Importantly, the shift toward CD1a moDCs observed in SLAMF5-silenced cells was evident in IRF8 knockdown cells (Figure 4D), consistent with a previous study by Granato et al., reporting that interference with the autophagic process in monocytes resulted in reduced expression of CD1a on moDCs (40). To test whether IRF8 acts as a regulator of autophagy in human moDCs, the intensity of autophagy was compared in IRF8-silenced and control moDCs. In line with its function in murine macrophages and DCs, and its suspected role as a mediator of SLAMF5’s effects, IRF8-silenced moDCs showed significantly decreased autophagy compared with controls. As shown in Figures 4E,F, the amount of LC3-II as well as the fluorescence intensity of CYTO-ID were significantly decreased (Figure 4G). These findings demonstrate that similar to murine bone marrow-derived DCs, IRF8 is used for the regulation of autophagy in human moDCs. To determine whether SLAMF5 and IRF8 are part of the same or different autophagy regulatory pathways, SLAMF5 was cross-linked with the above described 152.1D5 mAb antibody on moDCs transfected with control or IRF8-specific siRNA. As shown in Figure 4H, cross-linking of SLAMF5 significantly increased autophagy in moDCs transfected with the control oligonucleotides; however, this induction was dependent on the presence of IRF8. This observation established IRF8 as part, and a downstream element of the SLAMF5 autophagy regulatory pathway.

Protein levels are determined by the rate of transcription followed by translation as well as the rate of protein degradation. When SLAMF5-silenced and control moDCs were activated by LPS/IFNγ, both the kinetics and the intensity of IRF8-transcription were found to be identical between silenced cells and controls (Figure 5A) indicating the lack of SLAMF5-mediated regulation at the level of IRF8-transcription. Given that IRF8 activity and its stability are regulated by polyubiquitination and subsequent proteasomal degradation (15, 17), we examined whether degradation of IRF8 by the proteasome was affected by SLAMF5. When moDCs were activated by LPS/IFNγ in the presence of the proteasome inhibitor MG132, IRF8 levels in SLAMF5 knockdown moDCs were completely restored (Figure 5B). As a control, enrichment of ubiquitin-linked proteins in the presence of MG132 was confirmed by probing identical blots with a ubiquitin-specific antibody (Figure S4 in Supplementary Material). Since ubiquitination of IRF8 by the E3-ubiquitin ligases TRIM21 (Ro52) (15) and casitas B-lineage lymphoma (c-Cbl) (17) has been described in murine macrophages, we tested whether IRF8 degradation in SLAMF5-silenced cells required the participation of these ligases. To this end, first, we confirmed induction of TRIM21 in response to LPS/IFNγ (Figure S5 in Supplementary Material) and its silencing in the presence of TRIM21 gene-specific siRNA (Figure 5C). Next, SLAMF5 alone, or in combination with TRIM21, was silenced, and the level of IRF8 protein was measured in moDCs treated with LPS/IFNγ. As shown in Figure 5D, IRF8 degradation in SLAMF5-silenced moDCs was blocked when cells were co-transfected with the TRIM21-specific, but not with the control oligo. This finding clearly showed that increased degradation of IRF8 in the absence of SLAMF5 was dependent on the presence of TRIM21. In similar experiments, IRF8 was not rescued from degradation by silencing the E3-ubiquitin ligase c-Cbl (data not shown).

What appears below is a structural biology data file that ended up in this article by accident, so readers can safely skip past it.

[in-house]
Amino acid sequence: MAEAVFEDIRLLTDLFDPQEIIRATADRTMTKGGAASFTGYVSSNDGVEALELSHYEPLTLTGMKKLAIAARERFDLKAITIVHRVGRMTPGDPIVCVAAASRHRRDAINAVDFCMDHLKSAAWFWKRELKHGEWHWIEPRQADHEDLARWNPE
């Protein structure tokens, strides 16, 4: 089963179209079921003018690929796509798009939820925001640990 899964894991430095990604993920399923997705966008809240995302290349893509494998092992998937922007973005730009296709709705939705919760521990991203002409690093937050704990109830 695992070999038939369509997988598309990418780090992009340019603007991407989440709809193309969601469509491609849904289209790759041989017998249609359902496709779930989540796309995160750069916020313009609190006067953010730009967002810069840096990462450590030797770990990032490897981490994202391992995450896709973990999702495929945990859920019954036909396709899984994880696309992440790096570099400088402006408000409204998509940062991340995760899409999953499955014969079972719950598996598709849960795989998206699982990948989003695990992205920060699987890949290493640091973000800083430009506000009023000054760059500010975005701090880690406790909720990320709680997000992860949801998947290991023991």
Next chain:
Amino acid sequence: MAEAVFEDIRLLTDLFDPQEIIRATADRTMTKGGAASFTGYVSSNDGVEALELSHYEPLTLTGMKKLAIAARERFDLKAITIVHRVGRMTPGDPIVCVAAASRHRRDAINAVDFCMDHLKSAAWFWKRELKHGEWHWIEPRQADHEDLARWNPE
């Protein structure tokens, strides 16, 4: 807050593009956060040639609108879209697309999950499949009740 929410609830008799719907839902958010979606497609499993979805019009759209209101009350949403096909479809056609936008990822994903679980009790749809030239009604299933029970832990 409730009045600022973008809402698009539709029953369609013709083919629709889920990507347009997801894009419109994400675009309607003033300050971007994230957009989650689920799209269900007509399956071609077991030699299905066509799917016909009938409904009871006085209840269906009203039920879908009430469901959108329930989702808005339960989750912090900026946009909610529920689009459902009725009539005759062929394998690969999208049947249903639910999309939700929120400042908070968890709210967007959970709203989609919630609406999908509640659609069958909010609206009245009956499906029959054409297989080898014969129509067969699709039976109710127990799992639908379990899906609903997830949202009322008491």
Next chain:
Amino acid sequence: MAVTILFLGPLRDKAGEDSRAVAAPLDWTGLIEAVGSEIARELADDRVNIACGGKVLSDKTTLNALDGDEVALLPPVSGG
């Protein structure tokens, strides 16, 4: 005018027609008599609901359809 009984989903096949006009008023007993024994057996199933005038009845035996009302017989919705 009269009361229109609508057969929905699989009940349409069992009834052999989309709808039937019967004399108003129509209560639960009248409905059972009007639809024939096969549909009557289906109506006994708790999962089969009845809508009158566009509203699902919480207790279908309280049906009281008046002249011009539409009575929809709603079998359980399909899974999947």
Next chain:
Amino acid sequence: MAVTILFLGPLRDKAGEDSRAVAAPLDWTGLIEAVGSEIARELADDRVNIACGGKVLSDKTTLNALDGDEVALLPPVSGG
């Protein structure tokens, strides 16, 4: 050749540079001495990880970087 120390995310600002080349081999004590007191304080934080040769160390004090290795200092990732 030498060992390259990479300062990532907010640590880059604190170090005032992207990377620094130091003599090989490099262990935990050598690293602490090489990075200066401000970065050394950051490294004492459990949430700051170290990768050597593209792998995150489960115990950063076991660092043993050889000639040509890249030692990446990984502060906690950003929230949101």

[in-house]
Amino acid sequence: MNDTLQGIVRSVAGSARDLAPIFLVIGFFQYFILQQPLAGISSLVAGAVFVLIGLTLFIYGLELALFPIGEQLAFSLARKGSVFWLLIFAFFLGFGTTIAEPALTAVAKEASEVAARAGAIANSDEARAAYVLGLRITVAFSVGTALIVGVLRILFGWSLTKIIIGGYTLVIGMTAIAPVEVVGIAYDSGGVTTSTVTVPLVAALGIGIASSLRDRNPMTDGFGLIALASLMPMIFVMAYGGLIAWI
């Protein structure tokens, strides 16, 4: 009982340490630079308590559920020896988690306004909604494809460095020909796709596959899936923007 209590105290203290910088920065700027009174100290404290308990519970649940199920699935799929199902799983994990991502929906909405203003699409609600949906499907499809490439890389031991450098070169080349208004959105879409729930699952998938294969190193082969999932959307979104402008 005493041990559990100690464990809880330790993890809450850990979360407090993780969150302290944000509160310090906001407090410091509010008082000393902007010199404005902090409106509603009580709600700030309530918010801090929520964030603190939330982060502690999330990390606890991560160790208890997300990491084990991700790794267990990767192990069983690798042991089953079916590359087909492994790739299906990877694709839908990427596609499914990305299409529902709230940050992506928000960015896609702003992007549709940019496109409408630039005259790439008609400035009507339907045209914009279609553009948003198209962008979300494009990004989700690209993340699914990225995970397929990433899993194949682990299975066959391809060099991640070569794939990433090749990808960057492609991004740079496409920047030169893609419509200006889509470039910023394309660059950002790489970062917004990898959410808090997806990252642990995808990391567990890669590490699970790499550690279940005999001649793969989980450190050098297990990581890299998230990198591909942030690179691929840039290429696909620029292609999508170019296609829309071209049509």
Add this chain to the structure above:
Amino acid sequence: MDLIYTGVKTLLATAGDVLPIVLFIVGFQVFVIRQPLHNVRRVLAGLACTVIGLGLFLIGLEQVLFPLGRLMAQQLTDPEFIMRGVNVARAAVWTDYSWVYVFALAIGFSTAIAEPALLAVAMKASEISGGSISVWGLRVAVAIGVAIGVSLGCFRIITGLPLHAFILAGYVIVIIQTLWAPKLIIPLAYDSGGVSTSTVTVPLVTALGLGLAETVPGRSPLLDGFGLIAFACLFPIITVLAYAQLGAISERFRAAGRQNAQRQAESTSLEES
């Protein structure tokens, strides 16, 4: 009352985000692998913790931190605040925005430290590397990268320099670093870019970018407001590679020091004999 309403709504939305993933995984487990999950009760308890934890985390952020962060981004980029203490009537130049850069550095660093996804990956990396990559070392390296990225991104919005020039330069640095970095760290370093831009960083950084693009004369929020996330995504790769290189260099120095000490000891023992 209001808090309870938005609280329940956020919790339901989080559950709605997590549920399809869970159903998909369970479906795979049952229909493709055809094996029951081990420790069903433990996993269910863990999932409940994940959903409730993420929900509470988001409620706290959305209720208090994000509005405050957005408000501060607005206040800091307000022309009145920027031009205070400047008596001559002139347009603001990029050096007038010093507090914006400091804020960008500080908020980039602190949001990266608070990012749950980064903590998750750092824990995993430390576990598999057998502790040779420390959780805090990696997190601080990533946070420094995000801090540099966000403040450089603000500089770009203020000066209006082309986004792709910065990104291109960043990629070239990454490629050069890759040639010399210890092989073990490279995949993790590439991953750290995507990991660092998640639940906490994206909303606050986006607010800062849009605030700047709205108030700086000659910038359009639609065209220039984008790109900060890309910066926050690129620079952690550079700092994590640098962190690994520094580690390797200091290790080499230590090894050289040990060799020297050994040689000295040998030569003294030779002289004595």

Figure 5. Proteasomal degradation of IRF8 is dependent on the E3-ubiquitin ligase TRIM21. (A) Kinetics of IRF8 mRNA expression were analyzed by quantitative PCR in five donors after treatment of control and SLAMF5 knockdown moDCs with LPS/IFNγ for the indicated time periods. (B) Control and SLAMF5 knockdown moDCs were stimulated with LPS/IFNγ for 8 h and, where indicated, 1 µM MG132 was added 2 h before harvesting. A representative immunoblot (left) and densitometric quantification (right) of three immunoblots from independent experiments are shown. (C) Efficiency of TRIM21 knockdown was tested on day 5 by western blot analysis; a representative blot is shown with β-actin as loading control. (D) SLAMF5 expression alone or together with TRIM21 expression was silenced by transfection of moDCs with the indicated set of gene-specific or control siRNAs. Transfected cells were activated with LPS/IFNγ for the indicated time periods. IRF8 protein levels were determined by western blotting. One representative blot (left) and densitometry of three independent experiments (right) are shown. Data are expressed as the mean ± SD (*p < 0.05; ns, not significant).